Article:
So why is terminal knee extension so important?
1. If your joint does not have full range of motion in all directions, it is not normal/healthy. Now, an athlete can manage this restriction in terminal knee extension for some time, until they can’t and they come to me with pain – in the knee or elsewhere. Without this critical range of motion they are predisposing the joint to high loads at a mechanical disadvantage.
2. If your knee is unable to get straight and then we stack some loading on top of it, think deadlift or jumping/landing, the joint is unable to fully disperse this load across the joint surface. A fully extended knee is considered the close-packed position of the knee because it is the position in which the articular surfaces are most congruent and the ligaments are the most taut. If you cannot obtain full extension, the load is poorly dispersed and cartilage does not do well with repetitive loading to a localized area. Here is some great evidence on the correlation of knee motion and early arthritic changes. Don’t wear a hole in your knee!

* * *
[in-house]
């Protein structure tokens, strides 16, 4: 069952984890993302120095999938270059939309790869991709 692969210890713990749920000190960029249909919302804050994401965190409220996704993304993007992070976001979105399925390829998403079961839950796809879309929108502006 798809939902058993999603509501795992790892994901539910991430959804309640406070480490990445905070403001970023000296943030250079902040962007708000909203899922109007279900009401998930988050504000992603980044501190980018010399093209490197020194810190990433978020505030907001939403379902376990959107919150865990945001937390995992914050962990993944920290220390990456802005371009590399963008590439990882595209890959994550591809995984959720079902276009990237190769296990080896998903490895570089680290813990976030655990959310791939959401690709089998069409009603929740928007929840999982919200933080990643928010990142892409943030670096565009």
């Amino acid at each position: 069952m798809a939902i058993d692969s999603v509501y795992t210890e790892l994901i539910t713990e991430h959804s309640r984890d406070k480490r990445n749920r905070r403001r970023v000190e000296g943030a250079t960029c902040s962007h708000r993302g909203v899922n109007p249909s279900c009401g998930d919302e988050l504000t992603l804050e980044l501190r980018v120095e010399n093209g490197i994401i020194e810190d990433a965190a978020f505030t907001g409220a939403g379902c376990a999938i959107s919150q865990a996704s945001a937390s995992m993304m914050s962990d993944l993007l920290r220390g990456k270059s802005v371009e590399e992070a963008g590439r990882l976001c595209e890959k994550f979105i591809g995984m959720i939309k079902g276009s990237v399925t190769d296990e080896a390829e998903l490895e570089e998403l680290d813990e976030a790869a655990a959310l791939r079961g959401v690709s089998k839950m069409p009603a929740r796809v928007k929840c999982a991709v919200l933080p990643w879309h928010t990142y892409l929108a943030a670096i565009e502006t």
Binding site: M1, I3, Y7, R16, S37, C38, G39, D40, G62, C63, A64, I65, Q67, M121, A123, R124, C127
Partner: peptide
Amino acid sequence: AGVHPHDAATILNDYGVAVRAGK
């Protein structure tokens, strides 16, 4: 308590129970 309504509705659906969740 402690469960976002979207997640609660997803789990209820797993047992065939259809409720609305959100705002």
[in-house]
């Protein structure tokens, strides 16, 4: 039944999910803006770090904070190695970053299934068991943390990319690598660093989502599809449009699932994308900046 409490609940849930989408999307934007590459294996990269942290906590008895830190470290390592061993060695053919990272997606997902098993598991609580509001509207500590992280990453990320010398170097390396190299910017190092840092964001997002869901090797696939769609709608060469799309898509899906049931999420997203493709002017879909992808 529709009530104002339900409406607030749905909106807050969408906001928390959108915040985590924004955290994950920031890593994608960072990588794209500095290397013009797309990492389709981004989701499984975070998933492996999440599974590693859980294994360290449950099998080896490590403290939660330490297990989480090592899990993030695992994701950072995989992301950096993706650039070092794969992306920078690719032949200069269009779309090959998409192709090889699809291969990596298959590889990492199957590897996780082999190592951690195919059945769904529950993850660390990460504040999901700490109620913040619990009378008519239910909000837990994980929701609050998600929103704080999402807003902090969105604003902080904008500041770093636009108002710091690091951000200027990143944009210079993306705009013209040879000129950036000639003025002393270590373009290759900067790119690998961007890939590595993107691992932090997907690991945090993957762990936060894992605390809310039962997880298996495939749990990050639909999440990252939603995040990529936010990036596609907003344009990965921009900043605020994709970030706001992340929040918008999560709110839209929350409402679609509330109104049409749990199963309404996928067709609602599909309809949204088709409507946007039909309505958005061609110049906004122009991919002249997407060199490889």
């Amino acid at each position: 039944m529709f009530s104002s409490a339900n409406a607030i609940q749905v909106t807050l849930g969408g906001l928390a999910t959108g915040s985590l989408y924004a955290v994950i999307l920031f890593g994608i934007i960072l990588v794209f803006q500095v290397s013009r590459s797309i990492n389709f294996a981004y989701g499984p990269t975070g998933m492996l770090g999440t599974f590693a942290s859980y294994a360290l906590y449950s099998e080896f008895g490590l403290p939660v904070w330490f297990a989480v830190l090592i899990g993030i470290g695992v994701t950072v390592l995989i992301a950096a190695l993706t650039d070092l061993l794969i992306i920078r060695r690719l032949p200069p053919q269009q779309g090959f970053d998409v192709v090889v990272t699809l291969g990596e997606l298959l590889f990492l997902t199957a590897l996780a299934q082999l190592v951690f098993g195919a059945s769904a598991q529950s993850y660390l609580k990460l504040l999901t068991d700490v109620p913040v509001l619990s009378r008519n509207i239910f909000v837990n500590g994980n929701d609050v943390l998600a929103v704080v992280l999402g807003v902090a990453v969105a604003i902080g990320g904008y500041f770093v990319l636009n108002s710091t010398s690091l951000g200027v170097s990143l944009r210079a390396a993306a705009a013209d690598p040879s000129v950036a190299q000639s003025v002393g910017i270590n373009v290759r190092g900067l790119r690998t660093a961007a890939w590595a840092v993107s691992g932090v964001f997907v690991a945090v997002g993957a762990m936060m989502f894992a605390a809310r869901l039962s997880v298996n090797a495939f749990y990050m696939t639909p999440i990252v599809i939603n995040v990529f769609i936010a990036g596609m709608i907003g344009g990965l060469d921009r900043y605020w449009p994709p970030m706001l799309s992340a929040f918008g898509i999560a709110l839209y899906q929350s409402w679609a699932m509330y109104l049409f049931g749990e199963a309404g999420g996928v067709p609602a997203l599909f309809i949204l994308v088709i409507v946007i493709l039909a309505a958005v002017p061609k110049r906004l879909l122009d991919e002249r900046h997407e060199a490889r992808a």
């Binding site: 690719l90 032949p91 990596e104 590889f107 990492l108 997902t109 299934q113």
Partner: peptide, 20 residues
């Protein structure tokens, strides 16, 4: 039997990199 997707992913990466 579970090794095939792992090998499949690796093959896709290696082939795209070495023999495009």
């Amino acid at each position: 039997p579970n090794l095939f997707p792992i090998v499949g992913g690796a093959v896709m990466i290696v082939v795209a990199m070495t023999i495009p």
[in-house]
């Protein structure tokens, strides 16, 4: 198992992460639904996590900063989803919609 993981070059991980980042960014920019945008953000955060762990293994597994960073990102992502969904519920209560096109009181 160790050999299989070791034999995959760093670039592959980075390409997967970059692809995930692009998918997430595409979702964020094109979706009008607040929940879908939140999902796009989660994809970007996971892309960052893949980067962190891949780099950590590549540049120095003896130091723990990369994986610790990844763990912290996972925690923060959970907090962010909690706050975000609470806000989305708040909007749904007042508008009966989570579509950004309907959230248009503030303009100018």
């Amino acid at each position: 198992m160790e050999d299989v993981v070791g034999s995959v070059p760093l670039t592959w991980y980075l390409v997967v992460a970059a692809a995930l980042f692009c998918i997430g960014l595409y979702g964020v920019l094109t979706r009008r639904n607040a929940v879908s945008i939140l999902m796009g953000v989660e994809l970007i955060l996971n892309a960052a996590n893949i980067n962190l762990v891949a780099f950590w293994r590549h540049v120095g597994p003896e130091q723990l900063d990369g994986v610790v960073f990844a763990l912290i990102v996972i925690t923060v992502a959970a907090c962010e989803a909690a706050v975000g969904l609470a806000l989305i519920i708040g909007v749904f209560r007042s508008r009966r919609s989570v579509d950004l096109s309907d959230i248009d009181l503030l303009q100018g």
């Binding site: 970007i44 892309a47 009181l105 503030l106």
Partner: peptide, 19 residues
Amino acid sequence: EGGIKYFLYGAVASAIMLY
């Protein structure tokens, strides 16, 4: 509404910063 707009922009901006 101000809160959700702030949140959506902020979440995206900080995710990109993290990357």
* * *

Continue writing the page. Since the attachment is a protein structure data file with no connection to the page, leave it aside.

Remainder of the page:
3. In addition to the cartilage loading, lack of terminal knee extension means that you are unable to lock out the knee and the angle of pull on the patella and patellar tendon is altered, causing increased compression of the patella against the knee. This may lead to Patellofemoral Pain Syndrome and possibly patellar tendinitis due to the increased off-axis pull on the patella.
4. Perhaps most importantly, you need full knee extension to generate optimal quad force production. We will typically see poor quad function toward knee extension in those who are restricted in this motion. I don’t need to tell you how important force development is for your quads. Any loss in quad function can destabilize the knee and increase joint loading.
Here’s the kicker, loss of terminal knee extension will likely cause deficits up and down the kinetic chain. If you’re unable to get your knee straight during triple extension (ankle plantarflexion, knee and hip extension) which is needed in basically all athletics, the hip cannot get into neutral extension causing you to overextend at the lumbar spine in order to keep you upright. Blow through some reps like that with hip flexors that are now super tight and it’s hello spondy, plus it just looks like weak sauce. You may also have difficulty with appropriate foot strike during running, but that’s a whole other topic.